be less so to someone not using this tool, and so again, the decision
of whether to branch and how to branch depends on the developers
working with the packages, and their preferred workflows.

    In summary, there is ongoing work, and the threshhold at which
using bzr for VCS packaging seems the easiest way to work with Ubuntu
packages is approaching, but we're not there yet.  So, rather than
asserting that we should or should not do this, those interested,
either in improving the tools they use daily, or in understanding what
tools others use for comparison, should work with those developing the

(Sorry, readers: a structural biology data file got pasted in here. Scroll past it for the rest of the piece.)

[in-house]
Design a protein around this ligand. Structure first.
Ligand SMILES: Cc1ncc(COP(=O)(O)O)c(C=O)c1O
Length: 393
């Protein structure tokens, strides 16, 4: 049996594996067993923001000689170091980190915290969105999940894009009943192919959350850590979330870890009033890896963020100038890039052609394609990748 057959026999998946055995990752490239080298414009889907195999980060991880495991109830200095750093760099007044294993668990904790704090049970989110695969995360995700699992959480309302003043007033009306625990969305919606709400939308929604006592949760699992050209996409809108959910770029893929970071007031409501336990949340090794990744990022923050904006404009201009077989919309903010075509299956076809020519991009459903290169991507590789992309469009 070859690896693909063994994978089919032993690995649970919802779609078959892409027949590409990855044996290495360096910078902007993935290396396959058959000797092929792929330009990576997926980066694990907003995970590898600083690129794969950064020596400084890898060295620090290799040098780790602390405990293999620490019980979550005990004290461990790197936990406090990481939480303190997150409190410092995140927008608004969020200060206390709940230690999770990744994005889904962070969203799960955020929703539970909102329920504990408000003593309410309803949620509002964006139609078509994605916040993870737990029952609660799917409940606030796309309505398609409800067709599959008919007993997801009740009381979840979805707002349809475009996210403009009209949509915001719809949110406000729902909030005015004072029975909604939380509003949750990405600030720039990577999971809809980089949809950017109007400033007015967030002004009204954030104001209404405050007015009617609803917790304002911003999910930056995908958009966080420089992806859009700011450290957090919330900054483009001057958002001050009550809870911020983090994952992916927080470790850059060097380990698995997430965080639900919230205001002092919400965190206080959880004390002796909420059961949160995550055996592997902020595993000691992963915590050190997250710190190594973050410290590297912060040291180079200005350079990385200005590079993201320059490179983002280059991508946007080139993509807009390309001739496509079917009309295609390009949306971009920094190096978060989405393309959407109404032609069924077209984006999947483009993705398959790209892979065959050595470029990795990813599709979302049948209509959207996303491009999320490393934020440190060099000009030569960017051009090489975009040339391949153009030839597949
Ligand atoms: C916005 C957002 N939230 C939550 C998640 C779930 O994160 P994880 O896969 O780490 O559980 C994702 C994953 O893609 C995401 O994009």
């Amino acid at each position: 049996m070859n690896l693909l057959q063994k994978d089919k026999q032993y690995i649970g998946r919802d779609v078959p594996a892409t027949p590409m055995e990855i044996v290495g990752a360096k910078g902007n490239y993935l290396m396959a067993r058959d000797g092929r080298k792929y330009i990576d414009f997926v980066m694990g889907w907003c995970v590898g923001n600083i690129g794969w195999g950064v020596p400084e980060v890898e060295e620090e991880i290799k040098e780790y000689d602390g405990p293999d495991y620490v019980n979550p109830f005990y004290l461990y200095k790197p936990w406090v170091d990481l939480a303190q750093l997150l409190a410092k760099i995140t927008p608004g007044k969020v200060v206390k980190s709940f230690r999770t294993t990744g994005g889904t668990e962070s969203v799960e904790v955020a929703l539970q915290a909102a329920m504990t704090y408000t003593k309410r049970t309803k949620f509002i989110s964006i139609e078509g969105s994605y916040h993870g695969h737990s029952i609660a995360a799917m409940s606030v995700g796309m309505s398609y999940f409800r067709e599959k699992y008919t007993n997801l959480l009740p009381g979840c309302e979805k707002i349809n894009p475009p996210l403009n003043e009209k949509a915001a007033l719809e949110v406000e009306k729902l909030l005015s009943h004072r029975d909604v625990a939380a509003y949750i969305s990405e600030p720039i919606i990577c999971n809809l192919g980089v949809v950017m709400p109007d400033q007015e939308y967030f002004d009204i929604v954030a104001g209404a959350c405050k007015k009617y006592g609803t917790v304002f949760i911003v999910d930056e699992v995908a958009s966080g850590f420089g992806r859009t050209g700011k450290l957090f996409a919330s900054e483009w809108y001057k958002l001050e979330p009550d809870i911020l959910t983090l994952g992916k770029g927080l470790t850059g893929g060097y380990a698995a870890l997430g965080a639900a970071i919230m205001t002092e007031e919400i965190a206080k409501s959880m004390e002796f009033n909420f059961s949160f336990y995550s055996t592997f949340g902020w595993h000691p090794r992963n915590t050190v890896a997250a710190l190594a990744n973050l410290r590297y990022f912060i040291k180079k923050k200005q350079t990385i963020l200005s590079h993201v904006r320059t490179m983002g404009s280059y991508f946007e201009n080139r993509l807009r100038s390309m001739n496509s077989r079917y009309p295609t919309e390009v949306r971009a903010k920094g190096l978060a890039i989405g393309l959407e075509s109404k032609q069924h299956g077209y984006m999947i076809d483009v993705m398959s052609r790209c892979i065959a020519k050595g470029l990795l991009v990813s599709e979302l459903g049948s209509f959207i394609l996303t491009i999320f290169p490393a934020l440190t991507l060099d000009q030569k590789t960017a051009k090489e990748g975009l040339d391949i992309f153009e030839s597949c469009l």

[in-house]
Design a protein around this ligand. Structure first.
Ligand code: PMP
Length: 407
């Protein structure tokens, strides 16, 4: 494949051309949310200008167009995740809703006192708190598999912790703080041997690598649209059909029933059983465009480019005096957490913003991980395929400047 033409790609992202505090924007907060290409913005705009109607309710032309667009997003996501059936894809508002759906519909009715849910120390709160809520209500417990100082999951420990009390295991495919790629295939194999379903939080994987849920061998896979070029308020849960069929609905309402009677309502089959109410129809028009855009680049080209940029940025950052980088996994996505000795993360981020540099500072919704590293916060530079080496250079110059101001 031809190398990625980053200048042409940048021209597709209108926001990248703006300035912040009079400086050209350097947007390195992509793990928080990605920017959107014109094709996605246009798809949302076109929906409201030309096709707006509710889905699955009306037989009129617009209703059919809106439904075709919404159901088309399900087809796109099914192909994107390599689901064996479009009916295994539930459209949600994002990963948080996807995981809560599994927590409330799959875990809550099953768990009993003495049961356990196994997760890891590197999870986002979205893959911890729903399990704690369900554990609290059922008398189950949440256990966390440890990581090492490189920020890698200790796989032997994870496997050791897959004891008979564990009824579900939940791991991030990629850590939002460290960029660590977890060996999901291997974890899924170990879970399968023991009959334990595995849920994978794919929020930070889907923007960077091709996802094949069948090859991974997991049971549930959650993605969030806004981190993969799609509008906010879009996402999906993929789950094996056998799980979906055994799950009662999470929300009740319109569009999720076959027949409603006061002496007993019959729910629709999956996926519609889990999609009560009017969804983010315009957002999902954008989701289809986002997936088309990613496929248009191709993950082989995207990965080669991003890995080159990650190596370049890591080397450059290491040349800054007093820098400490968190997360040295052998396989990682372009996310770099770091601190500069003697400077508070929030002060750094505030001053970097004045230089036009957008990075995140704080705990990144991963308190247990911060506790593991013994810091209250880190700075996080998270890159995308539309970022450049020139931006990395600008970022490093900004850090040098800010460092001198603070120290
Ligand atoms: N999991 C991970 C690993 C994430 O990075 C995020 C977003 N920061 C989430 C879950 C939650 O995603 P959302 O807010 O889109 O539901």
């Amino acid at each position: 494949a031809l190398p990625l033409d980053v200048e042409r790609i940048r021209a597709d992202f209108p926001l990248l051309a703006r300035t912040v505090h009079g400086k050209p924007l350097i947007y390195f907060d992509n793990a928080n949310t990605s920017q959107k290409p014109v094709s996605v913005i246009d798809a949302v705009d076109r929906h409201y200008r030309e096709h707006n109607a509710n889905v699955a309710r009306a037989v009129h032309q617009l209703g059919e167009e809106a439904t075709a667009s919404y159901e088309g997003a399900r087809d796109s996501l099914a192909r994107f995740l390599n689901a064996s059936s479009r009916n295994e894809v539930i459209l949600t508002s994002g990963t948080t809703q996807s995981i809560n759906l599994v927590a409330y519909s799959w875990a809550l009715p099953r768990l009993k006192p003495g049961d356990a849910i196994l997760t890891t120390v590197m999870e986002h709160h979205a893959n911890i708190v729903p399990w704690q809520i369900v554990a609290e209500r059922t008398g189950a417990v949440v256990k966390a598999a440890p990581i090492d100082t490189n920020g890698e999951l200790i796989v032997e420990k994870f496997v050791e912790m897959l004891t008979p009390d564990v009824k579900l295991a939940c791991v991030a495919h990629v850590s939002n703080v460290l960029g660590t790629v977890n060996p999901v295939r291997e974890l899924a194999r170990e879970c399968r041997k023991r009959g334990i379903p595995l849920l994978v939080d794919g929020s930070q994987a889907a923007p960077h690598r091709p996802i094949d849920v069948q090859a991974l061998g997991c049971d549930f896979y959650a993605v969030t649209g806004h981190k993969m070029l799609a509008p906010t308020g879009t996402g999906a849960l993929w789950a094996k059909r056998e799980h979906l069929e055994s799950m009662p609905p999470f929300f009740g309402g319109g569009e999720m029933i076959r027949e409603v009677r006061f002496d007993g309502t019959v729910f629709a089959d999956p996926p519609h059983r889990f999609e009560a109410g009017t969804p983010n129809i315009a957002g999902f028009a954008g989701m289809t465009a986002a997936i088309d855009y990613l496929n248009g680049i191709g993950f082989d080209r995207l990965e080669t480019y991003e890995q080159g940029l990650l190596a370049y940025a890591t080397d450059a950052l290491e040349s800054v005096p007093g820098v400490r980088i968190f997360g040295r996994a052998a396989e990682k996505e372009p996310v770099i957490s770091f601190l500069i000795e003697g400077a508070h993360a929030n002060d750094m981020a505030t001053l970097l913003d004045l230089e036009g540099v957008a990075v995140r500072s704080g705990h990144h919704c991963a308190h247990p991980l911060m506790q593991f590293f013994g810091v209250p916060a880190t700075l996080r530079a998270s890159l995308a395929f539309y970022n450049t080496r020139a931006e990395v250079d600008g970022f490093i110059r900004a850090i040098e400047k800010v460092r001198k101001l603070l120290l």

tools to improve them.  If the tools are good, and improve things,
this will become obvious as they mature.  If the tools do not improve
things, this will become obvious as some threshold at which adoption
stops is achieved.  As with so many of the other components of the
software stacks we use, these tools ought be judged on their current
state and ability to meet our needs, rather than because they are an
implementation of an exciting technology, or that in an pre-release
state, they happen to meet some of the needs of some of us.
Alternately put, the same tools ought not be discouraged just because
they may feel like additional overhead for some workflows: those
developers experiencing this would do best to either not use the tools
themselves (but leave others the freedom of choice), or work with the
tool developers to improve the tools so that they no longer cause